In July 2015 I smoked my last real cigarette ever.
– Now I’ve always maintained that smoking made my voice, at least to some extent: Before I smoked – in other words when I was a young kid – I couldn’t sing very well at all. I became a teenager and I didn’t naturally get any better, although I’d started smoking… A little around age 9 and as a habit from age 13 onwards.
I trained my voice, and by age 17 I could blast out the pop songs of the day as well as the original artists…
Fast-forward from 1981/2 to 2015: I was still smoking. I gave up for a year age 16, and started again, partly because my voice was harder to control when I didn’t smoke, and partly because I enjoyed smoking anyway. – When I was smoking; a number of tones were like knocked-out on my normal octave, and therefore I didn’t have to worry about my voice straying off the note as much, because there was no semitone-separated note to stray to. – So I hit the note spot on, and tuned my voice for power as well as thrust my voice outwards, which gave it true pop-star quality. Does that make sense to you? ‘Possibly not? – And it did limit me on some keys in some octaves too. (I’ve always had issues with the key of C to some extent, regardless.)
Following that I gave up smoking again from early Summer 2003 – towards the end of the period in my life in which I was rather well off financially: When I was driving my 2.3-litre V6 Volvo estate – until late Summer 2006, when I got so drunk and stoned at a gig on campus in Exeter one night that I actually started smoking again without realising it. It was on a rather unusual night when I was relaxing with a few pernod and blackcurrants, rather than getting down to some hard-geekery. Everyone around me was smoking either tobacco or wacky-backy; so I bummed several cigarettes, forgetting that I’d given up smoking…
(Summer 2006 was so bloody hot that everything was on the verge of smoking anyway, despite the fact that Devon & Cornwall didn’t experience the accompanying drought that affected much of the rest of the UK as badly as most other areas.
I did Stonehenge that year, but although I smoked some very strange things that day too, I didn’t manage to forget anything at that event.)
In 2014 I decided that I needed to give up smoking again; this time for good: My lungs were losing their capacity and I had begun to suffer from regular sore-throats at times. – Added to which I felt like the air that I exhaled was a gaseous concoction of vile particles of pollution, even when I wasn’t actually smoking. Giving up instantly and totally was near impossible though, and so in 2015 I abandoned tobacco for medicinal nicotine and electronic cigarettes.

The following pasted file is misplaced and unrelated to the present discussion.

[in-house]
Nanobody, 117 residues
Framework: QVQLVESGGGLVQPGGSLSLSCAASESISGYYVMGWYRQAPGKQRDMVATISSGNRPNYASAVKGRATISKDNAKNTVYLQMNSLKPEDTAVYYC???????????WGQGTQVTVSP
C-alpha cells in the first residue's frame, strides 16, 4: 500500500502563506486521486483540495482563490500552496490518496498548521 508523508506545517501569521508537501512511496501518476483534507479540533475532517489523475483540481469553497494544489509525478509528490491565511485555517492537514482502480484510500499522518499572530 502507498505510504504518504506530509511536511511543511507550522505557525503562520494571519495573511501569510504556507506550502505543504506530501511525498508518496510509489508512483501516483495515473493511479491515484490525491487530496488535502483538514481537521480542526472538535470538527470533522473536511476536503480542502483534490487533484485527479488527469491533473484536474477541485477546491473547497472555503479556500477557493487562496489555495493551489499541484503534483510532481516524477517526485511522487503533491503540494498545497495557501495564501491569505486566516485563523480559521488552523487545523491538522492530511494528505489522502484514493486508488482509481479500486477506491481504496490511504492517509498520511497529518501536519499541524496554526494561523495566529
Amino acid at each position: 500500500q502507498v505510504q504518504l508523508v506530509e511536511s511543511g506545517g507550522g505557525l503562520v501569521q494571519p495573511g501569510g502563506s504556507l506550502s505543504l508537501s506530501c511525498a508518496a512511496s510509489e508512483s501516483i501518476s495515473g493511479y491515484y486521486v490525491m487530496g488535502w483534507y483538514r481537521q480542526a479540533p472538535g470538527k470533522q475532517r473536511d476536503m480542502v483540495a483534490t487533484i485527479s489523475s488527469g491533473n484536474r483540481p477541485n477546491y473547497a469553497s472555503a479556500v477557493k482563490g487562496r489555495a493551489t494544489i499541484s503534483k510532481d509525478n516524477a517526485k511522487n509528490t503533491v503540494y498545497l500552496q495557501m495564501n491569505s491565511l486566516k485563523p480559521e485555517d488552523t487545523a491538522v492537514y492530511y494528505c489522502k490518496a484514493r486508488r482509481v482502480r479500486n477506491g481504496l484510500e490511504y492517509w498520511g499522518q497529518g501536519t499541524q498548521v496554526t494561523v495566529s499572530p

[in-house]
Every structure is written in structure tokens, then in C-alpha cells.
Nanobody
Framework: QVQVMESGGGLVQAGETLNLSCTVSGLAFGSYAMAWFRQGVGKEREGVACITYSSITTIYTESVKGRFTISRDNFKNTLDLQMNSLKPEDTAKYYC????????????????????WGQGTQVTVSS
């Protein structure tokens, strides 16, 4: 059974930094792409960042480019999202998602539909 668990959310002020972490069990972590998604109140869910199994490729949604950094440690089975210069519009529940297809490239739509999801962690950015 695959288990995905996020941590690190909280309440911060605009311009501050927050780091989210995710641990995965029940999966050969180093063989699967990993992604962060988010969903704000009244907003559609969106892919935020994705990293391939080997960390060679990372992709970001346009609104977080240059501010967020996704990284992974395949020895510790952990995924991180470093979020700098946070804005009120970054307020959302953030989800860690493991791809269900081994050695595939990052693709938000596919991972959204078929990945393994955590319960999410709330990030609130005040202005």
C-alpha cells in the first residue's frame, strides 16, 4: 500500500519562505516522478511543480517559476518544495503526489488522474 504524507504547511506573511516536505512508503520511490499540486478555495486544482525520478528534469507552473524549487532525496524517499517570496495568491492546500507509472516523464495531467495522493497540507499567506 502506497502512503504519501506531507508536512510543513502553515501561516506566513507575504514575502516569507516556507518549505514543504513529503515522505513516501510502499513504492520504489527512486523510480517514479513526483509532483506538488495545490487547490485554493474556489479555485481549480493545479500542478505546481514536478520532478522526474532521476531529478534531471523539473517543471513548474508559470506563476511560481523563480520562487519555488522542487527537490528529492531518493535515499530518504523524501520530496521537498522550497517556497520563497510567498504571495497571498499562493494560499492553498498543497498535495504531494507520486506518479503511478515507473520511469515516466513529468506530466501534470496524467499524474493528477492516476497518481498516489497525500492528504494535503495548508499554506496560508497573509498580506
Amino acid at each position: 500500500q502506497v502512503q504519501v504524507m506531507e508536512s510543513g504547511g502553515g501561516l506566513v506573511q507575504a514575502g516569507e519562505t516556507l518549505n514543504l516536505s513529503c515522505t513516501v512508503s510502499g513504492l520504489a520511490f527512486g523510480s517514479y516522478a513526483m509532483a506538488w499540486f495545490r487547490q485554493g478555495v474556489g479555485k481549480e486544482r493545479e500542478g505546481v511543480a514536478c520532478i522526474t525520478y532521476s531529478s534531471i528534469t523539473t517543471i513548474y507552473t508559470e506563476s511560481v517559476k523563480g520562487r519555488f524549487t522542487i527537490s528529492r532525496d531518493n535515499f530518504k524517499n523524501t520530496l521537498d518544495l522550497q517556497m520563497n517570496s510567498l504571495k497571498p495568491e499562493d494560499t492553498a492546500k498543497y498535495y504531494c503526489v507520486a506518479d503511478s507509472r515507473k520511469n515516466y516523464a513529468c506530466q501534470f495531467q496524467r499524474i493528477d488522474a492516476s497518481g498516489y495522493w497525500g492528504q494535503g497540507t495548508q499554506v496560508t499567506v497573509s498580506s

In February 2016 I attempted to abandon nicotine altogether – and failed at first… But strangely during March I did just that, almost without realising it.
My voice, which had been starting to get croaky beforehand, improved shortly after giving up tobacco, and the sore-throats ceased. In short it improved… and then it got harder to keep the pitch and tonal qualities under control.
Now I really don’t want to take up nicotine addiction in any form again, having kicked it. Having done so has saved me a little extra pocket-money too; and I’m happy – even though I’ve always maintained that I’m a born-nicotine-addict and loved every nicotine-fix. – Those days are over now.
The problem is my voice: It’s not used to not smoking, and I think I might have to retrain it to some extent, at least a little, as lately I don’t seem to have the control that I once had over it. Having said that I gave my voice a quick test whilst out in the kitchen earlier today and it sounded clearer than it used to when I was smoking.
I’m working on a couple of tracks at present, and I’m soon to create the vocals for them. It’ll be interesting to listen to the recordings and to see whether or not my voice has changed to any noticeable extent. If it is indeed the case that it has, then actually proving that it was caused by giving up smoking/nicotine will be difficult and a waste of resources on my budget. – Nevertheless I think it would be safe to conclude that giving up had at least something to do with it.
Update November 2019: It was worth doing. My voice has re-stabilised and I feel healthier all round.